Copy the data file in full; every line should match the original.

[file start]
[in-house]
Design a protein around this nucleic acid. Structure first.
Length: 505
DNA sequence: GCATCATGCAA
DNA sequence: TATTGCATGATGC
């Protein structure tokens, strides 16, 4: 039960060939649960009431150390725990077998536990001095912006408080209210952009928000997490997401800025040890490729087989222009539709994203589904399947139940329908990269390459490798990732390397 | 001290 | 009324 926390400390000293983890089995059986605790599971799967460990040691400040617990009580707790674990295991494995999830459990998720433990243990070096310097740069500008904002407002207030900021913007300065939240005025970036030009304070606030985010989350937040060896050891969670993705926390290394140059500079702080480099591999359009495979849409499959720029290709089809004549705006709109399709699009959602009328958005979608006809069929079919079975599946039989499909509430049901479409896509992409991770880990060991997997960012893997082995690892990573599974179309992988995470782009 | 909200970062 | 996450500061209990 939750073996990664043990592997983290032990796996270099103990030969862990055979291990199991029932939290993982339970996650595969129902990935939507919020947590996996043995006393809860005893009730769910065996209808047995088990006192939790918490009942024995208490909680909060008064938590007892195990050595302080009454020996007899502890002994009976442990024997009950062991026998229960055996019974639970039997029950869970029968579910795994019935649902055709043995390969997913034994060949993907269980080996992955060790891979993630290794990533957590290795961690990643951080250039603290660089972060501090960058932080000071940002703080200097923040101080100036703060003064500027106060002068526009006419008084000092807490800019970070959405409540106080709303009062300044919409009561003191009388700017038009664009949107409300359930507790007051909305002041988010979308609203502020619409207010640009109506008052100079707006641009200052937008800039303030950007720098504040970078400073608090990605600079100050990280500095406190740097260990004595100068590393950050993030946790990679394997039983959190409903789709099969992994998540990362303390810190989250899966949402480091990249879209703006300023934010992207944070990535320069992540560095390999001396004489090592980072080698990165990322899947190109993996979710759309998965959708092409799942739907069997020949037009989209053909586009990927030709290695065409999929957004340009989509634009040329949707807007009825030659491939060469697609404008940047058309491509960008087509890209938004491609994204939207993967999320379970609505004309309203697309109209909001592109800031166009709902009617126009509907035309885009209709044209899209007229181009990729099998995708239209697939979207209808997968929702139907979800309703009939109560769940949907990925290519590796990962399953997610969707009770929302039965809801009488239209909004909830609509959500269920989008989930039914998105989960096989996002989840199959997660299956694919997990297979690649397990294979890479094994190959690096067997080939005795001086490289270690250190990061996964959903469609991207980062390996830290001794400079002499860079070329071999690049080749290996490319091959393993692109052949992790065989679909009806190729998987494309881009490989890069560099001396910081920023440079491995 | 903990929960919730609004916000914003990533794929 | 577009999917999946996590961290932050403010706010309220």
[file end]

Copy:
[in-house]
Design a protein around this nucleic acid. Structure first.
Length: 505
DNA sequence: GCATCATGCAA
DNA sequence: TATTGCATGATGC
């Protein structure tokens, strides 16, 4: 039960060939649960009431150390725990077998536990001095912006408080209210952009928000997490997401800025040890490729087989222009539709994203589904399947139940329908990269390459490798990732390397 | 001290 | 009324 926390400390000293983890089995059986605790599971799967460990040691400040617990009580707790674990295991494995999830459990998720433990243990070096310097740069500008904002407002207030900021913007300065939240005025970036030009304070606030985010989350937040060896050891969670993705926390290394140059500079702080480099591999359009495979849409499959720029290709089809004549705006709109399709699009959602009328958005979608006809069929079919079975599946039989499909509430049901479409896509992409991770880990060991997997960012893997082995690892990573599974179309992988995470782009 | 909200970062 | 996450500061209990 939750073996990664043990592997983290032990796996270099103990030969862990055979291990199991029932939290993982339970996650595969129902990935939507919020947590996996043995006393809860005893009730769910065996209808047995088990006192939790918490009942024995208490909680909060008064938590007892195990050595302080009454020996007899502890002994009976442990024997009950062991026998229960055996019974639970039997029950869970029968579910795994019935649902055709043995390969997913034994060949993907269980080996992955060790891979993630290794990533957590290795961690990643951080250039603290660089972060501090960058932080000071940002703080200097923040101080100036703060003064500027106060002068526009006419008084000092807490800019970070959405409540106080709303009062300044919409009561003191009388700017038009664009949107409300359930507790007051909305002041988010979308609203502020619409207010640009109506008052100079707006641009200052937008800039303030950007720098504040970078400073608090990605600079100050990280500095406190740097260990004595100068590393950050993030946790990679394997039983959190409903789709099969992994998540990362303390810190989250899966949402480091990249879209703006300023934010992207944070990535320069992540560095390999001396004489090592980072080698990165990322899947190109993996979710759309998965959708092409799942739907069997020949037009989209053909586009990927030709290695065409999929957004340009989509634009040329949707807007009825030659491939060469697609404008940047058309491509960008087509890209938004491609994204939207993967999320379970609505004309309203697309109209909001592109800031166009709902009617126009509907035309885009209709044209899209007229181009990729099998995708239209697939979207209808997968929702139907979800309703009939109560769940949907990925290519590796990962399953997610969707009770929302039965809801009488239209909004909830609509959500269920989008989930039914998105989960096989996002989840199959997660299956694919997990297979690649397990294979890479094994190959690096067997080939005795001086490289270690250190990061996964959903469609991207980062390996830290001794400079002499860079070329071999690049080749290996490319091959393993692109052949992790065989679909009806190729998987494309881009490989890069560099001396910081920023440079491995 | 903990929960919730609004916000914003990533794929 | 577009999917999946996590961290932050403010706010309220």